American Picturebooks from Noah's Ark to the Beast Within
A historical study of American picture books (spelled as one word by author). Explores the nature of the picturebook as an art form, as well as the development of the format as entertainment and mode of instruction. Covers the contributions of prominent authors and illustrators, such as Ruth Krauss, Margaret Wise Brown, Crockett Johnson, Maurice Sendak, and Roger Duvoisin, to the development of the format. Looks at social trends, market conditions, and the impact of changes in printing technology.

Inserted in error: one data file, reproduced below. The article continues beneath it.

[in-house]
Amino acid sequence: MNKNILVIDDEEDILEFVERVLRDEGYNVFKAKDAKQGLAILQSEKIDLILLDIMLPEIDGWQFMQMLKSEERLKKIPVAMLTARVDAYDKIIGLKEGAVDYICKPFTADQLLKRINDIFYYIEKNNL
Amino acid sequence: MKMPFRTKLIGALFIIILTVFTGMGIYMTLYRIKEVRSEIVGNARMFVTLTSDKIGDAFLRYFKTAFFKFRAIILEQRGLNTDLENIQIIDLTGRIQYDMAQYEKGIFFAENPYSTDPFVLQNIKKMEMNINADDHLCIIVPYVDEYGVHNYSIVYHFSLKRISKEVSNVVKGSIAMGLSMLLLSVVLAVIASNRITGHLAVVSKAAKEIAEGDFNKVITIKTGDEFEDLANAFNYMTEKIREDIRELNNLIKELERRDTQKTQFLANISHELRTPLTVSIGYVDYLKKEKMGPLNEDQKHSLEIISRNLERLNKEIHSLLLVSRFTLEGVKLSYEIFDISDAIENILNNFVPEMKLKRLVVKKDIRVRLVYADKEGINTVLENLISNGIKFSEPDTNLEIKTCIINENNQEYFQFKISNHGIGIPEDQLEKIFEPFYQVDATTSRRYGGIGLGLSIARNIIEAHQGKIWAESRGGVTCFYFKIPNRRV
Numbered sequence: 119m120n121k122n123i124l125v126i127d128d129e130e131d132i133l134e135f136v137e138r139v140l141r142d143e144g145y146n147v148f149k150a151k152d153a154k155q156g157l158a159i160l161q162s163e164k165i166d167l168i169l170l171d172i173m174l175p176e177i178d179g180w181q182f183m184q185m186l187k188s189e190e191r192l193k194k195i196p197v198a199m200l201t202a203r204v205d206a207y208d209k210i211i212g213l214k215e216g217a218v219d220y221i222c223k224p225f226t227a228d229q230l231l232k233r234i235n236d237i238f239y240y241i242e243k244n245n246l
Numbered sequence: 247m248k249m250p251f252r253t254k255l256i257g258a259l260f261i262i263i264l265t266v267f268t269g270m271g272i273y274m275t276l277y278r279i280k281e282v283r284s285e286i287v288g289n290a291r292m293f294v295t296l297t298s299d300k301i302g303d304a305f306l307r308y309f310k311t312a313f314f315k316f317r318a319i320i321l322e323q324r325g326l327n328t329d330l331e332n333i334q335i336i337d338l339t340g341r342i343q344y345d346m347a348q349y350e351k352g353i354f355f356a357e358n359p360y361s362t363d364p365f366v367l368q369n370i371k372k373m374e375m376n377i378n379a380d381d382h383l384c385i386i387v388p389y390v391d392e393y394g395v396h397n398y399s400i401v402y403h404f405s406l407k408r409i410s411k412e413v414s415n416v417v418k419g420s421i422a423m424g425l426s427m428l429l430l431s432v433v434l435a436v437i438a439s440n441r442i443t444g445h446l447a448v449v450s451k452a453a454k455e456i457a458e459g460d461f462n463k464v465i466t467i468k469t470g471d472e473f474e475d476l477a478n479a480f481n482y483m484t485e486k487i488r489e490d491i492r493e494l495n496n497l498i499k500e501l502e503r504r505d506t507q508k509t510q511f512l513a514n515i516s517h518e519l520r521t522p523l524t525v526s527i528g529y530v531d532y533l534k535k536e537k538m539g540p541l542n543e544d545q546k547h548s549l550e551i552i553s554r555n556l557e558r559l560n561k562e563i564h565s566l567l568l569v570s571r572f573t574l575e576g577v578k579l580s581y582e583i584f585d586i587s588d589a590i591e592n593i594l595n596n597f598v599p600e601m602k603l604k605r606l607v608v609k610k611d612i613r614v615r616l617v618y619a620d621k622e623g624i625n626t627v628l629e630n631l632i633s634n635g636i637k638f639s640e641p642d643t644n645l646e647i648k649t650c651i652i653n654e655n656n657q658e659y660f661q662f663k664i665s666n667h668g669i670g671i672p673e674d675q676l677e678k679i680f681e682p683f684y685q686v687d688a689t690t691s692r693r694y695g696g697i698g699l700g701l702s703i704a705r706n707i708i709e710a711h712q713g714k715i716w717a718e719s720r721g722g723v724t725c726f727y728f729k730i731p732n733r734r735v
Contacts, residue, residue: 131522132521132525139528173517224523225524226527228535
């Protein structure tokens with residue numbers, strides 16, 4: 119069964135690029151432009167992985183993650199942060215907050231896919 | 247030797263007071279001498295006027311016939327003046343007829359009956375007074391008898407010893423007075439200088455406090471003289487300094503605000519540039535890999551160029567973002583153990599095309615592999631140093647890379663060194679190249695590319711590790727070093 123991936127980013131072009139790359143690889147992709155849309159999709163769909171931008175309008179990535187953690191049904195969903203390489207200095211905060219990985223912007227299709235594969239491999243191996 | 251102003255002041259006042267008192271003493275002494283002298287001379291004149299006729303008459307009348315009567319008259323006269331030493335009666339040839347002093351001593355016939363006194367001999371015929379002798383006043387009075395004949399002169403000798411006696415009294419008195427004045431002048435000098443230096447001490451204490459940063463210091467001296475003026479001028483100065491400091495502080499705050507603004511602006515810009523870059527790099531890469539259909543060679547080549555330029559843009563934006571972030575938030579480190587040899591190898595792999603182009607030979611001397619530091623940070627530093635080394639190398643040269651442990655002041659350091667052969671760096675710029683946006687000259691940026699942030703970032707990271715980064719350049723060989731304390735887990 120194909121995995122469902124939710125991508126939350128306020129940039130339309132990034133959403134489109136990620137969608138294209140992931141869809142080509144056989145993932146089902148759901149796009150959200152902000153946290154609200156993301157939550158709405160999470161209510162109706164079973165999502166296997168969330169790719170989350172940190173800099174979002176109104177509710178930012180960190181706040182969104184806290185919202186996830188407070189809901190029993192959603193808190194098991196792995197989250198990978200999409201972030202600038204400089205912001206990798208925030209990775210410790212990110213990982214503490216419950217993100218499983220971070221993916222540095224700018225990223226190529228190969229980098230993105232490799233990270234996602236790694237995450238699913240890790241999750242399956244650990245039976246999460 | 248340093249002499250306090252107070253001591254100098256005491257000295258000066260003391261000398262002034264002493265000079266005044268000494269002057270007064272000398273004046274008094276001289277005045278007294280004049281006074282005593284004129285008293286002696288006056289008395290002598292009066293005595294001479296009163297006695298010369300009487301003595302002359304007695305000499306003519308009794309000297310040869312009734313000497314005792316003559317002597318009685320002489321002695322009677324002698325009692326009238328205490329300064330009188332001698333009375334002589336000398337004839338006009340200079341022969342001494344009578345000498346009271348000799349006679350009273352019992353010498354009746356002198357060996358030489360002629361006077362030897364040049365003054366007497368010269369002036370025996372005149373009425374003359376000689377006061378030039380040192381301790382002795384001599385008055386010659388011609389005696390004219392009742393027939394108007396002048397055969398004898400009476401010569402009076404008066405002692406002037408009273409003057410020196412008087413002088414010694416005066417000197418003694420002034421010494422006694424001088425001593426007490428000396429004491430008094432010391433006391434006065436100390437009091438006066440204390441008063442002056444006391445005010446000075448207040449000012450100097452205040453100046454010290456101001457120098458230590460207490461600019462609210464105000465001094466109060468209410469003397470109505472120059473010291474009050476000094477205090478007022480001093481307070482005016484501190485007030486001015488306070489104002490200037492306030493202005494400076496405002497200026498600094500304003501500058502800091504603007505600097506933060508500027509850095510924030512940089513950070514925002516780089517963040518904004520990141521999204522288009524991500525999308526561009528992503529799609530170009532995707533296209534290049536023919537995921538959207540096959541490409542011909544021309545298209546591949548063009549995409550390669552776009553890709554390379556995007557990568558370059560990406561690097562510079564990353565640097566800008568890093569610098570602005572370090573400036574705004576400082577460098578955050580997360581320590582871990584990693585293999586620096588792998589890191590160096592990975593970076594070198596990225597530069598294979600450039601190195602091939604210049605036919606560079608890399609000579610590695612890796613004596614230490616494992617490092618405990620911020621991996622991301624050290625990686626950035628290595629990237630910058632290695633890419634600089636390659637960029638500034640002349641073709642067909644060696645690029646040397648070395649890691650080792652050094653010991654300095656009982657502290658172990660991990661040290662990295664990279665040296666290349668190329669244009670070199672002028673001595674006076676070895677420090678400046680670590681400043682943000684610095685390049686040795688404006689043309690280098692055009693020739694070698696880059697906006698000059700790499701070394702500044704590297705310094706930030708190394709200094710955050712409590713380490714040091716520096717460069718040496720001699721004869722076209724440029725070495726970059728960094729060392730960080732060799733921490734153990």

Starting Points -- E. Boyd Smith -- The Erratic, Eclectic Twenties -- Wanda Gag -- Foreign Backgrounds -- The Dynamics and Fun of the Form -- The Small Child's World -- Helen Sewell -- Information -- Photographic Books -- Imported from France -- Roger Duvoisin -- The American Line -- Of the American Indian -- Two Masters: Marie Hall Ets and William Pene du Bois -- Sui Generis: Seven Simeons and Buttons -- The Storytellers -- Designed for Children -- The Emotional Element -- Jean Charlot -- Golden Books -- Dr. Seuss -- Marcia Brown -- Expanding Possibilities: Easter, for Instance -- New Looks -- Social Change -- Negro Identification, Black Identity -- More Information -- Ruth Krauss; Ruth Krauss and Maurice Sendak -- Crockett Johnson -- The Japanese Advent and Blair Lent -- Feelings Extended -- Maurice Sendak -- Away from Words -- The Fabulists